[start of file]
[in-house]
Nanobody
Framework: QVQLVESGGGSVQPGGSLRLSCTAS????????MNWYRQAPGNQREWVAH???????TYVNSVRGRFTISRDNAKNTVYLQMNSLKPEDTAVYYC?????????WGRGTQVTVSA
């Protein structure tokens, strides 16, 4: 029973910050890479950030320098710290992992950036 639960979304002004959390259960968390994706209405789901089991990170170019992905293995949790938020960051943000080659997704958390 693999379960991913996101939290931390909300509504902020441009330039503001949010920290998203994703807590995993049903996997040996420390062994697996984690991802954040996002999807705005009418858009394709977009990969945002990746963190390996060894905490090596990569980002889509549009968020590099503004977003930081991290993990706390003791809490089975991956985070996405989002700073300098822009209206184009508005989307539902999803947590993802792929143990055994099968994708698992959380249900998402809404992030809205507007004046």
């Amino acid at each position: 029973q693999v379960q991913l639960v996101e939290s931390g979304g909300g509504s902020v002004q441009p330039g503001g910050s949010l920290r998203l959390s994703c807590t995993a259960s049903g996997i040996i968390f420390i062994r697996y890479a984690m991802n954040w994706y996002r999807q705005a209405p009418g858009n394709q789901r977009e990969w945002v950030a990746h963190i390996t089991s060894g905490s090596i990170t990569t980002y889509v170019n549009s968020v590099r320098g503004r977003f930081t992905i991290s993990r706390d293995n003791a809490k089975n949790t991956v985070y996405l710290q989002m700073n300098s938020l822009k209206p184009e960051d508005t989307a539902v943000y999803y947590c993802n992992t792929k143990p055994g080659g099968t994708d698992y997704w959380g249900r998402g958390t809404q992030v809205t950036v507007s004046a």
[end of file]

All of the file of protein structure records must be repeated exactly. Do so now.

[in-house]
Nanobody
Framework: QVQLVESGGGSVQPGGSLRLSCTAS????????MNWYRQAPGNQREWVAH???????TYVNSVRGRFTISRDNAKNTVYLQMNSLKPEDTAVYYC?????????WGRGTQVTVSA
């Protein structure tokens, strides 16, 4: 029973910050890479950030320098710290992992950036 639960979304002004959390259960968390994706209405789901089991990170170019992905293995949790938020960051943000080659997704958390 693999379960991913996101939290931390909300509504902020441009330039503001949010920290998203994703807590995993049903996997040996420390062994697996984690991802954040996002999807705005009418858009394709977009990969945002990746963190390996060894905490090596990569980002889509549009968020590099503004977003930081991290993990706390003791809490089975991956985070996405989002700073300098822009209206184009508005989307539902999803947590993802792929143990055994099968994708698992959380249900998402809404992030809205507007004046």
């Amino acid at each position: 029973q693999v379960q991913l639960v996101e939290s931390g979304g909300g509504s902020v002004q441009p330039g503001g910050s949010l920290r998203l959390s994703c807590t995993a259960s049903g996997i040996i968390f420390i062994r697996y890479a984690m991802n954040w994706y996002r999807q705005a209405p009418g858009n394709q789901r977009e990969w945002v950030a990746h963190i390996t089991s060894g905490s090596i990170t990569t980002y889509v170019n549009s968020v590099r320098g503004r977003f930081t992905i991290s993990r706390d293995n003791a809490k089975n949790t991956v985070y996405l710290q989002m700073n300098s938020l822009k209206p184009e960051d508005t989307a539902v943000y999803y947590c993802n992992t792929k143990p055994g080659g099968t994708d698992y997704w959380g249900r998402g958390t809404q992030v809205t950036v507007s004046a």